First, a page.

Visit Britain and its use of resources must come under scrutiny if we are to seek to provide a world beating inbound tourism industry in terms of:

-          Senior management leadership and communication with the inbound trade. The senior management team of Visit Britain are seen as remote, lack understanding of sector trade channel requirements and appear focussed purely on digital marketing channels. This is in stark contrast with say Ireland where Niall Gibbons leads a team from the front inspirationally living and breathing inbound tourism to the benefit of the nation. This percolates through their structure where close trade relationships are encouraged and where there are perceived to be synergistic benefits from an integrated marketing approach to tourism marketing expenditure.

By contrast those of us with longer memories remember when VB’s predecessor was much more supportive, recognised the value of and actively engaged with the inbound trade channel and provided either free or heavily subsidised joint overseas missions – for mutual benefit.

-          Overseas Offices: In contrast TOs and DMCs have respect for VB management in many overseas offices and as a result see this exercise as fine tuning of VB especially given the current fragile nature of the sector.

-          Inbound Trade Representation: Many in the inbound sector believe if there were more inbound trade representation on the Board of VB with a steering group working with senior management with more discussion and joint planning there would be greater efficiencies, a better ROI on investment made. A high-profile steering group made up of senior representatives of VB and the inbound industry working from strategy evolution to activity implementation is deemed relevant.

-          Communication and channel focus. There is more to successful inbound tourism than digital marketing. It seems that the B2C channels are the priority and other traditional B2B channels are seen as having a lower profile and interest. Tourism Ireland appears much tighter in this respect, Visit Scotland as well.

-          VB support. Many TOs and DMCs invest in overseas trade missions and speed-dating events which prior to Covid 19 were face to face. The allocation of grants to individual businesses; the physical cost of these events and in instances the seniority of potential clients attending have been causes for concern. There is a view that these events are seen as an income stream potential for VB to augment their funds.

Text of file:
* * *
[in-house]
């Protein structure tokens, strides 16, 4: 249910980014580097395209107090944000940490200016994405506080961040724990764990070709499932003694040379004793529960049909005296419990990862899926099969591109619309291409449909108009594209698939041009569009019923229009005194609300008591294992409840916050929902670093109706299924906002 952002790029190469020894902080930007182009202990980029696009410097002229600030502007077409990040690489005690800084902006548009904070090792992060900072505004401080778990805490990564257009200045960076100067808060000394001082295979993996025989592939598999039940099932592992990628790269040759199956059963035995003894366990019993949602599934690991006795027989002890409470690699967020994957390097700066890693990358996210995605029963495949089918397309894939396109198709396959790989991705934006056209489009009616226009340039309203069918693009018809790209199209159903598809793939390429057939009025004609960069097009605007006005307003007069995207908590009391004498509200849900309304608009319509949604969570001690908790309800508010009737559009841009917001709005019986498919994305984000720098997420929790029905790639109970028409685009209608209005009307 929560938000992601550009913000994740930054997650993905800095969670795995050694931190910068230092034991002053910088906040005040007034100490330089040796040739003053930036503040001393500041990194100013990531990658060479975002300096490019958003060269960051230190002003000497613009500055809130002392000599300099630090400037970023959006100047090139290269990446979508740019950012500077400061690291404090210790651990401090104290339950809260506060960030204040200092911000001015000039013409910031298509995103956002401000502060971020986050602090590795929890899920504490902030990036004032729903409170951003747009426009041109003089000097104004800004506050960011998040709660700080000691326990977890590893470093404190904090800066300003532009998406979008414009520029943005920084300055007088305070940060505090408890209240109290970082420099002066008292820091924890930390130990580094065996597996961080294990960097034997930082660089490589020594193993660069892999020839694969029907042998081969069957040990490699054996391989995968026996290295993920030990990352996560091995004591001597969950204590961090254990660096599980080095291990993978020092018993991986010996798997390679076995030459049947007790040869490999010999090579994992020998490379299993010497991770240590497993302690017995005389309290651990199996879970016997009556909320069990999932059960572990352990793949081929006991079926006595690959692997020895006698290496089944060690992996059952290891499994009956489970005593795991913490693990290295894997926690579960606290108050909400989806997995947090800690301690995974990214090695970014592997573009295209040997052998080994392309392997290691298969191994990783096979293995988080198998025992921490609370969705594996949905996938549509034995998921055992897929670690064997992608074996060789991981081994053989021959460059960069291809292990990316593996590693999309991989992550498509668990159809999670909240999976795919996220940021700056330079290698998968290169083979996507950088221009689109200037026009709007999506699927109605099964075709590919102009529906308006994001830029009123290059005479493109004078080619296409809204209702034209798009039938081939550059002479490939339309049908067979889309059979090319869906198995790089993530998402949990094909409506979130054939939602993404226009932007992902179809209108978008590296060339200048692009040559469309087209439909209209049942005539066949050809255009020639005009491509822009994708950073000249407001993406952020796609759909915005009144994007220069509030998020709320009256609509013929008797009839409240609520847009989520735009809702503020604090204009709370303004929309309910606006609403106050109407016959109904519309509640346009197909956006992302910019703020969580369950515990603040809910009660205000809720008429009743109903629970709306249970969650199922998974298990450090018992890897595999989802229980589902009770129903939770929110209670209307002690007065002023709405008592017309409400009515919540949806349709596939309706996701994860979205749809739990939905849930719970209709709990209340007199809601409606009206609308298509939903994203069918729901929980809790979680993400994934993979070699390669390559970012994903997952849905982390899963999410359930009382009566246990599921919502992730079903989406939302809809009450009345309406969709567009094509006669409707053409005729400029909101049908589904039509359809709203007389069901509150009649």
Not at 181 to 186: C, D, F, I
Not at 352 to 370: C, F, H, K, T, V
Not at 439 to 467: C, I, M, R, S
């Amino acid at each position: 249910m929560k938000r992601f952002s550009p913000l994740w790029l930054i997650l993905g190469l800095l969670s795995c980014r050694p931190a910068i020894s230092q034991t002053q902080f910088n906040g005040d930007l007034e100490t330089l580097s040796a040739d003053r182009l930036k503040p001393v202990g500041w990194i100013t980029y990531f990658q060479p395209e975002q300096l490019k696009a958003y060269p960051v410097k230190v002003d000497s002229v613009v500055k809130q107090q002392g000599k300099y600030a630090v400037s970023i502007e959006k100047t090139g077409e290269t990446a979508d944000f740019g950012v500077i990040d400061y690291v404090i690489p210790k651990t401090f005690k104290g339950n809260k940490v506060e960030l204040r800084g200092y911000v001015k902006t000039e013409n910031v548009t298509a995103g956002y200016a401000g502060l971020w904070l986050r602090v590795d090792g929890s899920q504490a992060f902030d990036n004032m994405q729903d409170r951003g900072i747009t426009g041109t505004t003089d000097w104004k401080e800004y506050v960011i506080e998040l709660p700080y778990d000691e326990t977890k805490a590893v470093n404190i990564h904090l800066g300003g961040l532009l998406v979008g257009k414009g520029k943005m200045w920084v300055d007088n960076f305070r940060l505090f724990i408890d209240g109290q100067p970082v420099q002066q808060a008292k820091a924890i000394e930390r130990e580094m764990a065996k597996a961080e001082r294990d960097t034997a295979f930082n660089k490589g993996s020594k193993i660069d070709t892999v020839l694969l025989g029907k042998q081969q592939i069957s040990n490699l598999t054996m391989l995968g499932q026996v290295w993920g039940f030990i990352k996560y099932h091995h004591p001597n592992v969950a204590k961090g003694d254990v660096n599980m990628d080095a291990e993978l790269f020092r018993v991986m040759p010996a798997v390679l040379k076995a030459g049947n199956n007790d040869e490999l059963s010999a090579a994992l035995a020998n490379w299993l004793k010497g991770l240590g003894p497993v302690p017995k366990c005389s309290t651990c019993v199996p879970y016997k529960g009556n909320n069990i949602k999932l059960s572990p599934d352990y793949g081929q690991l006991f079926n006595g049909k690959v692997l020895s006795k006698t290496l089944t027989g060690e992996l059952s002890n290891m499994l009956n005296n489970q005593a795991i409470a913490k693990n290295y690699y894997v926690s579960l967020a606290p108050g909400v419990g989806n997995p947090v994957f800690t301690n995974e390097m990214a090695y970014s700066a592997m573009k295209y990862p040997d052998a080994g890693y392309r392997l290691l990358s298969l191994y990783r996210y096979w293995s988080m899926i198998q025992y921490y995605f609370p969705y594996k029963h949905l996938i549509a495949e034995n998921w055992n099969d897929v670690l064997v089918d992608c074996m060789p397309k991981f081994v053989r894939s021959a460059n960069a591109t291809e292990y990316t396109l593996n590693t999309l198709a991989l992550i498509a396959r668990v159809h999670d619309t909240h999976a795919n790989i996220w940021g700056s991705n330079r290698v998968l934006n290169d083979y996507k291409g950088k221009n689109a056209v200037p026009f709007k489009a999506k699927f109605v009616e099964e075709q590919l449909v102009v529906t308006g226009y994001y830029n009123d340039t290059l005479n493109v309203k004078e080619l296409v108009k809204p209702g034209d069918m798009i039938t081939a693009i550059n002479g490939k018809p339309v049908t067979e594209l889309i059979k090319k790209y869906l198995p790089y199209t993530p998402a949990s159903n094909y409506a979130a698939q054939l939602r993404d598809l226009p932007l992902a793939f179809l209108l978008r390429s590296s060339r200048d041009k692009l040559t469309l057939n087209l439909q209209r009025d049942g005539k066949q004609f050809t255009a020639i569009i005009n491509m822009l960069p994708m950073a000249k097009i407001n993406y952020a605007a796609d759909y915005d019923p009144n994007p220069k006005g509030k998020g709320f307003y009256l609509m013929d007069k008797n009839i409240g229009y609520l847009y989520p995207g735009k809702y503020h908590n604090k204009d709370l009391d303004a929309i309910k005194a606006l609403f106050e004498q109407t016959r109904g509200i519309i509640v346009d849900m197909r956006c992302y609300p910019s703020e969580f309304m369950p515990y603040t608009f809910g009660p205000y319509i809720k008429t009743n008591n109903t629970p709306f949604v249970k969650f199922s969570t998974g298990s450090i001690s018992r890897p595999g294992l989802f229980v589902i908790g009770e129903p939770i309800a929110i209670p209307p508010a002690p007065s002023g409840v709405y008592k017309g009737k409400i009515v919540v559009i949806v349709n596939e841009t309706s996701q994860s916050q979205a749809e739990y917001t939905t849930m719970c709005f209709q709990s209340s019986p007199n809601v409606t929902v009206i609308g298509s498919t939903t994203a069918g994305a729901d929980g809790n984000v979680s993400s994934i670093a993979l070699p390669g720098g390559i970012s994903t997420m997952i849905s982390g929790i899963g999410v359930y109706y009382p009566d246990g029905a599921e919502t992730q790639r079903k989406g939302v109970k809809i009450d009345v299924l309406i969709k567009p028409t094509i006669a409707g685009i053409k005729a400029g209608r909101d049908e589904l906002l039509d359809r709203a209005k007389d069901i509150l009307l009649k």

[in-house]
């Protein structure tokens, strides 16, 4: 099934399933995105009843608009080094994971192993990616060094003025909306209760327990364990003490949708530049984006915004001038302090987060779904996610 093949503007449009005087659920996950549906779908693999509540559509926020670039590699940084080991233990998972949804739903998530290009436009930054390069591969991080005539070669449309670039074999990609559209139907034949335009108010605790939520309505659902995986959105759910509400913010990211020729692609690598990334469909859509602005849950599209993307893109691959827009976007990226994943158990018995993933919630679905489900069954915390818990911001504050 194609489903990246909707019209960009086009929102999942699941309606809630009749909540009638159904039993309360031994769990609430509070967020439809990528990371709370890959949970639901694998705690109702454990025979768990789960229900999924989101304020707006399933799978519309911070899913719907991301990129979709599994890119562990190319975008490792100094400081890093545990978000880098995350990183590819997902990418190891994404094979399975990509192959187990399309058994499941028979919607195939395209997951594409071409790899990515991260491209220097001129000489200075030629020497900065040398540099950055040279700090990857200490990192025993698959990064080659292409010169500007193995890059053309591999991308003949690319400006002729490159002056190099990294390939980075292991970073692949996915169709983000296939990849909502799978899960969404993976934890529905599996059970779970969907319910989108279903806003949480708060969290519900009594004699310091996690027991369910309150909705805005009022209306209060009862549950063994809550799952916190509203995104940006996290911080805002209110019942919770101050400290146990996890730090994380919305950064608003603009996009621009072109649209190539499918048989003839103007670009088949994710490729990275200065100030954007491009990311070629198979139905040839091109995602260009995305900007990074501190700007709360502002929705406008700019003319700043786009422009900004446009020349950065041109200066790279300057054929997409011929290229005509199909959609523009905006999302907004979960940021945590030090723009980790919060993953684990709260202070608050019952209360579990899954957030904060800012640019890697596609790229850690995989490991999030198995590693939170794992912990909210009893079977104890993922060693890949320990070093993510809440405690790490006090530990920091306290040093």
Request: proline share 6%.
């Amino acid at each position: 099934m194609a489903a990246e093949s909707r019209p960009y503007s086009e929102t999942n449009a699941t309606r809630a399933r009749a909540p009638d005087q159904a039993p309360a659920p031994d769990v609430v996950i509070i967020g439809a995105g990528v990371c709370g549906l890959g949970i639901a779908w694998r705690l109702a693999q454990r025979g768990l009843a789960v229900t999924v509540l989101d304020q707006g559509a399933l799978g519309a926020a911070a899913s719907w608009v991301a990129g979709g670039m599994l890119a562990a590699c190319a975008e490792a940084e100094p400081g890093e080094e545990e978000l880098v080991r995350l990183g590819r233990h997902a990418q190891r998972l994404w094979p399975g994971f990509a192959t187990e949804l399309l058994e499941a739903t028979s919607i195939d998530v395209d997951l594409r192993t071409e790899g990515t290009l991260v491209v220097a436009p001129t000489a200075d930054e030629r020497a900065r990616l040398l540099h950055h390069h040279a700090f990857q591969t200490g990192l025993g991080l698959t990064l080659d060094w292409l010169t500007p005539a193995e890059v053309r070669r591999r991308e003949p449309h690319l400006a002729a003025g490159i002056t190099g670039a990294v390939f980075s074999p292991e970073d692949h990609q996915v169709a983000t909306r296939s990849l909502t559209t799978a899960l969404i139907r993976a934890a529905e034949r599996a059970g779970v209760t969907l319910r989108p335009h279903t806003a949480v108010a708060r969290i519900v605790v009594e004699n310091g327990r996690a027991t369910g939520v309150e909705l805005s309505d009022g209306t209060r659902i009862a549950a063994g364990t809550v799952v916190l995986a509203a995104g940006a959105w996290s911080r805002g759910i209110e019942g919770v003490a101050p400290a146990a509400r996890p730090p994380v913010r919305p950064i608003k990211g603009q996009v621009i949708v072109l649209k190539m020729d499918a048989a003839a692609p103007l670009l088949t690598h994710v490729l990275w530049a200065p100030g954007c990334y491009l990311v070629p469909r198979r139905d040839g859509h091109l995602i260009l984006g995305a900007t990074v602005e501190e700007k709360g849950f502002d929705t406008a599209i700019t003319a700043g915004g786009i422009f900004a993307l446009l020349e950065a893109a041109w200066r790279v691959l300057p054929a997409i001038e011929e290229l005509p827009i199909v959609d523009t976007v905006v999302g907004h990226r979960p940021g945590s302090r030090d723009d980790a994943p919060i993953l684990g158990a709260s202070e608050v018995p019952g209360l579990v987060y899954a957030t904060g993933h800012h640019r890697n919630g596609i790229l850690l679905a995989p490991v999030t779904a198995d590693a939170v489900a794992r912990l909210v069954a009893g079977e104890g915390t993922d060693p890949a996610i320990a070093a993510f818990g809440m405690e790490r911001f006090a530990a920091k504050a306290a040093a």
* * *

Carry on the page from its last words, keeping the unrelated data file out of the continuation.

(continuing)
-          Working with the Inbound Sector – Many DMCs and TOs working in European markets will enthuse about the support received from specific national tourist boards. Tourism Ireland is seen very much as a role model for how the business should interact with TOs and DMCs. This isn’t just financial but tangible support to help launch new programmes sourcing suppliers, helping with the initial development work etc with fast response times from the national tourist board.

Contrast this with VB’s travel strategy to DCMS in Summer 2020 which exclusively focussed on domestic tourism to the total exclusion of inbound.

-          Independence – A tricky one. If you are reliant on National Government for income can you lobby Government for change be it funding, additional support, change to travel protocols, tax changes etc? Perhaps VB has been too sensitive in this area as a result alienating the inbound industry. It is noticeable that VB had not shared the plight of the inbound industry publicly until early December 2021. A VB Inbound meeting in September 2021 hastily convened with inbound operators yielded little in the way of tangible support and the trade members left feeling that Inbound had been forgotten during the previous 18 months.

1.3 The need for an integrated marketing approach